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Cong-JD(S) claws back in Karnataka, win majority of municipalities

The Congress-Janata Dal (Secular) coalition in Karnataka won 30 of the urban local bodies out of the 56 for which results were announced on Friday.

india Updated: May 31, 2019 21:51 IST
Vikram Gopal
Vikram Gopal
Hindustan Times, Bengaluru
Karnataka,Congress-JD(S) coalition,Municipal polls
Karnataka’s Congress unit chief Dinesh Gundu Rao said the results in the municipal elections showed that the party was strong at the local level.(HT Photo)

The Congress-Janata Dal (Secular) coalition in Karnataka received a shot in the arm after it won in 30 urban local bodies out of the 56 for which results were announced on Friday.

The voting for the municipal polls was held on Wednesday.

The coalition had been reeling for over a week after it was decimated in the Lok Sabha polls by the opposition Bharatiya Janata Party, which won 25 of the 28 seats in the state. Since then the coalition partners had been staring at a crisis with dissidents expected to continue making life difficult for the year-old state government.

The performance of the two parties in the municipal polls appeared to give the coalition some breathing space.

Of the 1,221 seats that went to polls across the 56 ULBs, the Congress won 509, the BJP 366 and the JD(S) 174. Independents won 160 seats and other parties managed 12 seats.

Congress unit chief in Karnataka Dinesh Gundu Rao said the results showed that the party was strong at the local level. “BJP’s claims that Congress would be swept away lost the people’s confidence. Over 50% of the seats have been won by the alliance. Congress alone has won 40% on its own. Wherever we have majority we will take charge, if not we will ally with the JD(S),” he said.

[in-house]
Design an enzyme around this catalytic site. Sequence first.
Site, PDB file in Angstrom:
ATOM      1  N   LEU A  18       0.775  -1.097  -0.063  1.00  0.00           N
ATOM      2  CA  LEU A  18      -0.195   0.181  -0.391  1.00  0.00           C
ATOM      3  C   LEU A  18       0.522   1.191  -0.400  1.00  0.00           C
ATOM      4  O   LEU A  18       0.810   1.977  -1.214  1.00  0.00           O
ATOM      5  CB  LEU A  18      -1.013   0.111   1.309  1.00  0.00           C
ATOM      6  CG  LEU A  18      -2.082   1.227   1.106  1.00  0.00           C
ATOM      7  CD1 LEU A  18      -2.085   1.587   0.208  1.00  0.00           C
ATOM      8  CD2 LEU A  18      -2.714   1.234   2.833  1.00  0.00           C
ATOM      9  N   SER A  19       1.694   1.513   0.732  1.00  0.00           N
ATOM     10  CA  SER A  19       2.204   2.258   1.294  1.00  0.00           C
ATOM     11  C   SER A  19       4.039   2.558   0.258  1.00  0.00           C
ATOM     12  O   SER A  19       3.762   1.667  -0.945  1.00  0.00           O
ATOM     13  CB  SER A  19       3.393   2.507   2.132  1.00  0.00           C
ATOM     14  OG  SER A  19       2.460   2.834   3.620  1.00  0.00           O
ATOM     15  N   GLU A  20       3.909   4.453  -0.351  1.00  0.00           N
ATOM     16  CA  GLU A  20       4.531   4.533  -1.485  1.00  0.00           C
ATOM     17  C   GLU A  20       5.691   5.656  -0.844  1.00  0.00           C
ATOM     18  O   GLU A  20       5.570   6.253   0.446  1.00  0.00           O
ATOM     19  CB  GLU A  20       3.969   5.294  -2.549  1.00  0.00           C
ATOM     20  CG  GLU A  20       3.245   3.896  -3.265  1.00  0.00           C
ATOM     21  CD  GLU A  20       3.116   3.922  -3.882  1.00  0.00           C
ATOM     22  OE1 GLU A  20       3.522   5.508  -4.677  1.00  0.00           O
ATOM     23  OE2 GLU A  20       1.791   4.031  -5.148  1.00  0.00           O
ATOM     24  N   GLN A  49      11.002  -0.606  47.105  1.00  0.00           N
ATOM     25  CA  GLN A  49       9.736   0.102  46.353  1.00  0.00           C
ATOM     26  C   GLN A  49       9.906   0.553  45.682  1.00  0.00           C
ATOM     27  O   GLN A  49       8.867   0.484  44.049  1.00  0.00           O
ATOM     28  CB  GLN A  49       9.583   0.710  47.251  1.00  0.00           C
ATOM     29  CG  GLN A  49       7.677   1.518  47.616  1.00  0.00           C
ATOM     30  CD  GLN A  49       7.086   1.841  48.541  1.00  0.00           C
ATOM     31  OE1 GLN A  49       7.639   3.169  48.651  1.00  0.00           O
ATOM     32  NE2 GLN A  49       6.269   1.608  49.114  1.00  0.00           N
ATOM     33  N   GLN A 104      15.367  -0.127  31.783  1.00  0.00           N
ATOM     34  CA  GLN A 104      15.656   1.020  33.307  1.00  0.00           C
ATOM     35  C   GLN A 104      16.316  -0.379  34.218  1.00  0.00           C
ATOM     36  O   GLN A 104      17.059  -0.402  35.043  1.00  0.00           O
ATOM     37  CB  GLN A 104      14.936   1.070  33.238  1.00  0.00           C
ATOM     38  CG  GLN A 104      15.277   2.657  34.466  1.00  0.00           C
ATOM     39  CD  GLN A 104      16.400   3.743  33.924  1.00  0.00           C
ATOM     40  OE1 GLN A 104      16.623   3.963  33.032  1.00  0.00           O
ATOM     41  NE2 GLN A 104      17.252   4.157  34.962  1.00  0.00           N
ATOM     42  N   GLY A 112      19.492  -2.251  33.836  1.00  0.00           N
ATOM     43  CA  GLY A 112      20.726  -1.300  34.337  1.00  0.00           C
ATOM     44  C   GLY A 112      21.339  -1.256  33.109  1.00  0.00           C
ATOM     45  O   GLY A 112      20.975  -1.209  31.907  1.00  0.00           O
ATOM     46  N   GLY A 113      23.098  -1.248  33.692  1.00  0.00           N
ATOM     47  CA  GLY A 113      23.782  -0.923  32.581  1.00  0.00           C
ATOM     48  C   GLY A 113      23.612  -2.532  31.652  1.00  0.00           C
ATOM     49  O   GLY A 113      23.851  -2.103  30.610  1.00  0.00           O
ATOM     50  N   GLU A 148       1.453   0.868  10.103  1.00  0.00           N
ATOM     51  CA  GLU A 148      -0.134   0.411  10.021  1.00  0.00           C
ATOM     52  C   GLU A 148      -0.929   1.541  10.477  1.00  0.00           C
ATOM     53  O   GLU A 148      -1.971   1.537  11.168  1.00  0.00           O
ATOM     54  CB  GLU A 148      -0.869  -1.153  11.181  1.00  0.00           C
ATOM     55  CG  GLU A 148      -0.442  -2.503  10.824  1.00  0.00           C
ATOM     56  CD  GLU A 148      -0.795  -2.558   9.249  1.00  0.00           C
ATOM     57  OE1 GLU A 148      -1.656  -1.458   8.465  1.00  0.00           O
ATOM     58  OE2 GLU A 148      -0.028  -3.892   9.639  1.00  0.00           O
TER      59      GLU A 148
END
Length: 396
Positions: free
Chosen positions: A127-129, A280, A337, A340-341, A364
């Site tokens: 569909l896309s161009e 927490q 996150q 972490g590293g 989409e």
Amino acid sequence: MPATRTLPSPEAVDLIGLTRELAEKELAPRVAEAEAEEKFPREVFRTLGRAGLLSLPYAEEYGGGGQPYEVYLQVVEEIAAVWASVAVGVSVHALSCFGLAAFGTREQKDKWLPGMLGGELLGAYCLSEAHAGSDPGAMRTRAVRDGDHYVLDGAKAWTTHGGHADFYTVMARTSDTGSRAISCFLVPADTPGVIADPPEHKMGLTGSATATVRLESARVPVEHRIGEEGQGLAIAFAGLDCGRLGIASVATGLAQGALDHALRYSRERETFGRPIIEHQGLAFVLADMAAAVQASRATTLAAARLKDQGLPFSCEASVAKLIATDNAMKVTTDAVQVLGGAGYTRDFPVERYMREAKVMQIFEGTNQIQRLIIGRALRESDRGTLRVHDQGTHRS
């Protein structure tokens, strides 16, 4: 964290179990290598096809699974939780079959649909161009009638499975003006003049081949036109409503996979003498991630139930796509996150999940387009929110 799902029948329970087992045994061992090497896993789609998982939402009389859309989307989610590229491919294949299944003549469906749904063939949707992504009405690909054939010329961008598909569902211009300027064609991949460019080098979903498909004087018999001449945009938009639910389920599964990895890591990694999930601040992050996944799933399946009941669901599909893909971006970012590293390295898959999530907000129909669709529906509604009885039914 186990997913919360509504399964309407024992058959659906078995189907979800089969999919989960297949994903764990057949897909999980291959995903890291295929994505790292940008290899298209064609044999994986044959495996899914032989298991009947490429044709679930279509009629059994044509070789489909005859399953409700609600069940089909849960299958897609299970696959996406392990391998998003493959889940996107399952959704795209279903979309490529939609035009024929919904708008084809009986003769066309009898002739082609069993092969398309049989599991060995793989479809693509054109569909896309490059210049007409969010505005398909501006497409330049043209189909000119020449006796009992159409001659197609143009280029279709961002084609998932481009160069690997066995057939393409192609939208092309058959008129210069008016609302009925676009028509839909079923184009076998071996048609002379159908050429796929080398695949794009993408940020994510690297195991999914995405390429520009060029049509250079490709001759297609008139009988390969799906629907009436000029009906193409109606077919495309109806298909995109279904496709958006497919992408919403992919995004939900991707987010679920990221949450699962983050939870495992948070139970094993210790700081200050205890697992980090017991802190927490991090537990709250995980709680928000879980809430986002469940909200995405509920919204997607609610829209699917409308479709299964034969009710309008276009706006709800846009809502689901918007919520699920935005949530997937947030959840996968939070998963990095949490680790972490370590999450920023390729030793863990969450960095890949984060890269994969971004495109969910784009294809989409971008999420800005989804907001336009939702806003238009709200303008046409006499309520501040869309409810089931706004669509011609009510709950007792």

Also read: Lok Sabha election result 2019: Big setback for Congress-JD(S) combine BJP sweeps Karnataka

The performance of the coalition was particularly impressive in the seven City Municipal Councils (CMCs), where together it got a majority in five. In two other CMCs, the BJP was close to a majority in one and the other was inconclusive and would be decided based on which group independents would support.

In the 30 Town Municipal Councils, the coalition got a majority in 20, the BJP in five and five others were inconclusive, with two councils voting overwhelmingly for independents.

The BJP did manage to pip the coalition in the 19 Town Pachayats by winning a majority in eight TPs compared to seven for the coalition. In three others, once again, the ruling combination depended on support from independents.

However, the coalition partners fought the elections independently and the numbers mentioned above depend on the decision of their respective party leaderships to ally with each in case of split verdicts.

Such an alliance could be especially contentious in the districts of the southern Old Mysuru region. For example, in the KR Pete TMC in Mandya district the allies will have to depend on each other for support. Meanwhile, in the Malavalli Town Municipal Council the JD(S) can either go with the Congress or garner the support of the seven independent councilors.

The BJP was able to pip the coalition in only three districts – the coastal districts of Dakshina Kannada and Uttara Kannada, and the northern Gadag district.

In many places, like Tumakuru, in which the BJP MP GS Basavaraj defeated former Prime Minister and JD(S) patriarch HD Deve Gowda, the coalition had significant leads. Similarly in Mysuru, too, the coalition was much ahead of the BJP, despite the BJP winning the Lok Sabha seat.

State cooperation minister Bandeppa Kashempur of the JD(S) said that the coalition would most likely continue at the municipal level subject to the party seniors’ decision.

“This result goes to show that people vote differently in different elections and claims that the BJP will destabilise the government and call for mid-term polls will surely have taken a hit,” he said.

BJP state general secretary CT Ravi cautioned against reading too much into these results. “ULB elections are fought on the basis of candidates and not strictly on party lines, so the influence of candidates matter more. Hence, it will be unwise to draw definitive conclusions especially because these were held in few districts,” he said.

First Published: May 31, 2019 21:51 IST